Review: The Low-Maintenance Garden

Picked up an older gardening book recently, titled “The Low-Maintenance Garden” by Susan Berry  and Steve Bradley.  This is an easy-to-read book for the home gardener or anyone who wants some fresh ideas on sprucing up your yard and lawn.
I would recommend this book to anyone who gardens, or who wants to improve your landscaping. Here’s an excerpt from Chapter 2:

By far the cheapest of all hard surfacing materials, gravel is attractive to look at, helps to reduce moisture loss, and allows a natural and relaxed style of planting in and around it.

There are three types generally used in gardens– pea gravel, river washed pebbles or sandstone, which has a softer texture and more muted colors.
The Japanese have long used gravel raked into patterns, as a design feature in their gardens. This looks laborious but in fact is not, provided the ravel is in an area where it is not talked upon. It will simply need to be raked over every few weeks–unless there are deciduous trees and shrubs that drop leaves onto it, in which case raking in fall will need to be more frequent. Gravel is not the most comfortable surface to walk on, so the best solution is to lay a stepping stone path through it. The steps can be of natural stone, concrete or wood, as preferred. Gravel can also be used in conjunction with railroad ties to construct low-maintenance paths (see pages 22-23).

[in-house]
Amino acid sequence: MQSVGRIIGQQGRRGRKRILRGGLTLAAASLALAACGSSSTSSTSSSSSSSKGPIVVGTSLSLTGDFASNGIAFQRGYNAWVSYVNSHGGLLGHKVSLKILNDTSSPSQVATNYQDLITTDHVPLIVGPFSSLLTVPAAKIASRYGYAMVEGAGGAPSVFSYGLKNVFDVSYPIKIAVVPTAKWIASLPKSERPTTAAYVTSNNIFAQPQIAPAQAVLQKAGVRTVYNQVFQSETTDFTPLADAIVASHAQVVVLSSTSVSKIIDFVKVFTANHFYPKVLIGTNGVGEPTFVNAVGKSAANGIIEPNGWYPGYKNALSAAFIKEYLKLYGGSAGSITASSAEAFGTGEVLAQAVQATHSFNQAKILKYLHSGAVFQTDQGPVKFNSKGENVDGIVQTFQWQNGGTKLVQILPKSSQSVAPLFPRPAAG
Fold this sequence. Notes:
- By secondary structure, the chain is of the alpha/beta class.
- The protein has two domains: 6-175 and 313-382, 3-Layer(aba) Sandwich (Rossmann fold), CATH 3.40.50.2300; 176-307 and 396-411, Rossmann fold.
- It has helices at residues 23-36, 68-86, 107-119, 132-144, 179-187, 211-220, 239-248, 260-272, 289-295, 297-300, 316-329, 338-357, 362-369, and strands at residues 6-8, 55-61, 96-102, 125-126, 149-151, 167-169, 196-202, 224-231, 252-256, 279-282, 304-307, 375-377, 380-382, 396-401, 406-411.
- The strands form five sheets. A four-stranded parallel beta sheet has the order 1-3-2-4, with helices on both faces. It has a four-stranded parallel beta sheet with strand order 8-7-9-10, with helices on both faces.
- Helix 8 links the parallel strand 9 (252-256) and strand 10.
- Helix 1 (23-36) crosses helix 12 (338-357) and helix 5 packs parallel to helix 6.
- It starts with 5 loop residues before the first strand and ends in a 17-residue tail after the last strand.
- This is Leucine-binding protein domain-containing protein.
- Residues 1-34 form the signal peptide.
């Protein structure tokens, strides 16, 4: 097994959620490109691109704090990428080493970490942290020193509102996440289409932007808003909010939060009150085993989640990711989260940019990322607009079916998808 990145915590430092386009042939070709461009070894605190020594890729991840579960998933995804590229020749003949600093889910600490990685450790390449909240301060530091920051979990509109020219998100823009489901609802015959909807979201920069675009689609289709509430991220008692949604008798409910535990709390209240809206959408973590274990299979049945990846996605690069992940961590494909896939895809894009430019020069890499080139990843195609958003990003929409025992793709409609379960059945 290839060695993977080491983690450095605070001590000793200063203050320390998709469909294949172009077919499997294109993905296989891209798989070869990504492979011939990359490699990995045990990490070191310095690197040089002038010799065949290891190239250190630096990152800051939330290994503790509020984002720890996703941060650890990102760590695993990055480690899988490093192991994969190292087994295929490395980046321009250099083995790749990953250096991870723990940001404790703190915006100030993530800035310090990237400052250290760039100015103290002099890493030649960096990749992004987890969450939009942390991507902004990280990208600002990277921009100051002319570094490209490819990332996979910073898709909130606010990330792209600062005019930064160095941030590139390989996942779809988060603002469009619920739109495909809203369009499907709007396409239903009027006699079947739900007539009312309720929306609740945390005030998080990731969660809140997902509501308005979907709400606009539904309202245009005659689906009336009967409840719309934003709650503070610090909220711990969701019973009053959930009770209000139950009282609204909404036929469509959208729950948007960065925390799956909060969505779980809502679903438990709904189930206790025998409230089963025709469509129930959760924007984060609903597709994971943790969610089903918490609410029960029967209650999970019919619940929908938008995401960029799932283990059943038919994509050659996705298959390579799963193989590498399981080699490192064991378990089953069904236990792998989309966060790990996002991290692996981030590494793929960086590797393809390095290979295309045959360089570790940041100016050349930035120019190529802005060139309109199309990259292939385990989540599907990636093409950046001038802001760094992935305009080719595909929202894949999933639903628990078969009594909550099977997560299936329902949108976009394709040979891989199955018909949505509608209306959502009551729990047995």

Before laying gravel, make sure the area has been cleared of perennial weeds, which should be burned. Once you have cleared the ground in this way, you can lay a heavy-duty black plastic membrane (or old carpet) over the soil before laying the gravel, which acts as a weed suppressant. Failure to do this may cause problems…..

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